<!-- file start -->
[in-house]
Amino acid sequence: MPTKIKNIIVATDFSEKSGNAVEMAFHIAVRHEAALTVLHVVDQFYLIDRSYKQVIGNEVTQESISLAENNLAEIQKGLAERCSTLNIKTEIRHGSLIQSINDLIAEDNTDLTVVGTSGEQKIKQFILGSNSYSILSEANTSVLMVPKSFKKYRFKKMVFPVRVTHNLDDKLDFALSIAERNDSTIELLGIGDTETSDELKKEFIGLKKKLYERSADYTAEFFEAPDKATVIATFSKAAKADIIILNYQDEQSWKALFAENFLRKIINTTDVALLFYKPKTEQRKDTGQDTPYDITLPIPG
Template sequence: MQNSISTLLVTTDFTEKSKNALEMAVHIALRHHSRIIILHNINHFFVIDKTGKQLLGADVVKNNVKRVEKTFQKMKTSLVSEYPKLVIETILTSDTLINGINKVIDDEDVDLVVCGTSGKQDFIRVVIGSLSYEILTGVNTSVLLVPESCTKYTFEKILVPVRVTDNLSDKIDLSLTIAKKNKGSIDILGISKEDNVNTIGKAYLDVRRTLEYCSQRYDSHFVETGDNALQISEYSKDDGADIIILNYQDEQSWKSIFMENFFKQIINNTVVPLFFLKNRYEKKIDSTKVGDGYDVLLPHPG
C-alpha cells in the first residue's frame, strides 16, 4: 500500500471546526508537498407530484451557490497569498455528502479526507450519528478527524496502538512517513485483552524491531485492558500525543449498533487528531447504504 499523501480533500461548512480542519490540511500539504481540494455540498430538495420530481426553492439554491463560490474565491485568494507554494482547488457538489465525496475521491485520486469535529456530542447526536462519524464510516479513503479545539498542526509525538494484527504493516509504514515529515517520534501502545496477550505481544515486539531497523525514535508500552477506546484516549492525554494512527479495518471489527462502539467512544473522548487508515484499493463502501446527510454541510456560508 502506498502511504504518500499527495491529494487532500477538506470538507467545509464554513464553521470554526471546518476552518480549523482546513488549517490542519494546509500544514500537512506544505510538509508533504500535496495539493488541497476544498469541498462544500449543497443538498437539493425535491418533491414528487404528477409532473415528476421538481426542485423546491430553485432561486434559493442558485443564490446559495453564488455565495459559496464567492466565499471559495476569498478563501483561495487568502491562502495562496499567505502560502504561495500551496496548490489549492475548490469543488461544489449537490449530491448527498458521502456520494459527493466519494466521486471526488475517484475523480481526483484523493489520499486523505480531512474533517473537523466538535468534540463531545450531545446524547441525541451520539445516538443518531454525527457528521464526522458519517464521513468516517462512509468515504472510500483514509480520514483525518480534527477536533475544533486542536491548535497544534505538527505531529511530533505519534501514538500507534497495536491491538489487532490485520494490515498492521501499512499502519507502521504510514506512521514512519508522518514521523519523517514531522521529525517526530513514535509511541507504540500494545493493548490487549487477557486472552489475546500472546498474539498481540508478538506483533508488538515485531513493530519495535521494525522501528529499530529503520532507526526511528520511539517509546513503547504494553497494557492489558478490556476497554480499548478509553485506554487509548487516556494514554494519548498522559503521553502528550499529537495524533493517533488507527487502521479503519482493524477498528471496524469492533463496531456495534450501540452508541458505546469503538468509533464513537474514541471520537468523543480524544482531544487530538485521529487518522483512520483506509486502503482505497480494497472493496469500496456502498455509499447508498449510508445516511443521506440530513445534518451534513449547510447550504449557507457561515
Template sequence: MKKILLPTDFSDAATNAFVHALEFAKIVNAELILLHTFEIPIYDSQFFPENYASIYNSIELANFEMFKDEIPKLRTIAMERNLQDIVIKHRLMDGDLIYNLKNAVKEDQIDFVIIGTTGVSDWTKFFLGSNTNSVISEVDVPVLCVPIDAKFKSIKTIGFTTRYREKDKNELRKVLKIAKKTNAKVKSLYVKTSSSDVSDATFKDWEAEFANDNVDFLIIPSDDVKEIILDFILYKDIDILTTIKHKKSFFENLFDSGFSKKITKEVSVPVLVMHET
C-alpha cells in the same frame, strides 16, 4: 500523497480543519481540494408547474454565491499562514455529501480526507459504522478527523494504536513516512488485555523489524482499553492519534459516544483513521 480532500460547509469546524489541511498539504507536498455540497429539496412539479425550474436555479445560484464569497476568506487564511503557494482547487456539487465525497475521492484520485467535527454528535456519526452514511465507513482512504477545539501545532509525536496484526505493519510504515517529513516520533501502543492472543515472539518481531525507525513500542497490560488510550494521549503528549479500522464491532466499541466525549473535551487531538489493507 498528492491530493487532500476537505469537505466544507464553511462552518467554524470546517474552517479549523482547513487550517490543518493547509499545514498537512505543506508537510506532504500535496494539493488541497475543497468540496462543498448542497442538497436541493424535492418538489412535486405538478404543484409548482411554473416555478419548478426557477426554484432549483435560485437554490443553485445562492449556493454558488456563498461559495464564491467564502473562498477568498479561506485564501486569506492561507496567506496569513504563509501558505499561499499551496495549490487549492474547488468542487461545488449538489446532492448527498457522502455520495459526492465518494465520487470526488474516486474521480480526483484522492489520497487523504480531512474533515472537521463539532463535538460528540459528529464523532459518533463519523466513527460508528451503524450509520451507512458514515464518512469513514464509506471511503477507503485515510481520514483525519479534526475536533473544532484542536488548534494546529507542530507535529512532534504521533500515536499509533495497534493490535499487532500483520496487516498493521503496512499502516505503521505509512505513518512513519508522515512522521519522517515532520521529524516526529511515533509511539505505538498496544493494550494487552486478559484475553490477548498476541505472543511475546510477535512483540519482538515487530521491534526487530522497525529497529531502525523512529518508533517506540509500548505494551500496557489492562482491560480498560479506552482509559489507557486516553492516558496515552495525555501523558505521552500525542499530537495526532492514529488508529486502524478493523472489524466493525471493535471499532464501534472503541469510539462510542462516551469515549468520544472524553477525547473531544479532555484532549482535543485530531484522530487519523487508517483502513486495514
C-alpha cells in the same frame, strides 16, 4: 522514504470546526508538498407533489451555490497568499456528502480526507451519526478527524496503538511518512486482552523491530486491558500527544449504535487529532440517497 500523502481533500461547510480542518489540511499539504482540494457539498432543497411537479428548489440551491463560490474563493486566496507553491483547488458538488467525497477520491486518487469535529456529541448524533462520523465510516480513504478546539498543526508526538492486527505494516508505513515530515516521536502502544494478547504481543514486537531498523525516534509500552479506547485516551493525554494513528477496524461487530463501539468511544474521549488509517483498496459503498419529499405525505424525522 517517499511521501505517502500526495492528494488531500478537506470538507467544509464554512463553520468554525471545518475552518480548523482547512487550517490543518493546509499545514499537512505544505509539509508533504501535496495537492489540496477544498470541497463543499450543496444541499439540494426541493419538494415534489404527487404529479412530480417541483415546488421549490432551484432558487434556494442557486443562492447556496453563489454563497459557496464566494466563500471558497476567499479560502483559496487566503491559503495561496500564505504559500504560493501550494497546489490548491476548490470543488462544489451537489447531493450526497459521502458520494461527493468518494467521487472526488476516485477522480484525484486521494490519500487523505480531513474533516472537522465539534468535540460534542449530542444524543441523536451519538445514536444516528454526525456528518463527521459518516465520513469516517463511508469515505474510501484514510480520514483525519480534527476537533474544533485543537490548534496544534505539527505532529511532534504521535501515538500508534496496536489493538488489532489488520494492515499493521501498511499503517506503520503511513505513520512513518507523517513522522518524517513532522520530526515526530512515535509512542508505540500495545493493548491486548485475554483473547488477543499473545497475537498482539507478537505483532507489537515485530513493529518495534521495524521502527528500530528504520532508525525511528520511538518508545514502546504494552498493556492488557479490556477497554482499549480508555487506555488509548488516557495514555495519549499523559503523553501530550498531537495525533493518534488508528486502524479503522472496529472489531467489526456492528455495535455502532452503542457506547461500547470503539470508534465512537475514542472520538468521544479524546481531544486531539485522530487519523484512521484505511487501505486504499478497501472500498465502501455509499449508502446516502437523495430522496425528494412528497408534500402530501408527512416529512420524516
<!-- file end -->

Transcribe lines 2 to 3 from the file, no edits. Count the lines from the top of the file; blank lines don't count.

Amino acid sequence: MPTKIKNIIVATDFSEKSGNAVEMAFHIAVRHEAALTVLHVVDQFYLIDRSYKQVIGNEVTQESISLAENNLAEIQKGLAERCSTLNIKTEIRHGSLIQSINDLIAEDNTDLTVVGTSGEQKIKQFILGSNSYSILSEANTSVLMVPKSFKKYRFKKMVFPVRVTHNLDDKLDFALSIAERNDSTIELLGIGDTETSDELKKEFIGLKKKLYERSADYTAEFFEAPDKATVIATFSKAAKADIIILNYQDEQSWKALFAENFLRKIINTTDVALLFYKPKTEQRKDTGQDTPYDITLPIPG
Template sequence: MQNSISTLLVTTDFTEKSKNALEMAVHIALRHHSRIIILHNINHFFVIDKTGKQLLGADVVKNNVKRVEKTFQKMKTSLVSEYPKLVIETILTSDTLINGINKVIDDEDVDLVVCGTSGKQDFIRVVIGSLSYEILTGVNTSVLLVPESCTKYTFEKILVPVRVTDNLSDKIDLSLTIAKKNKGSIDILGISKEDNVNTIGKAYLDVRRTLEYCSQRYDSHFVETGDNALQISEYSKDDGADIIILNYQDEQSWKSIFMENFFKQIINNTVVPLFFLKNRYEKKIDSTKVGDGYDVLLPHPG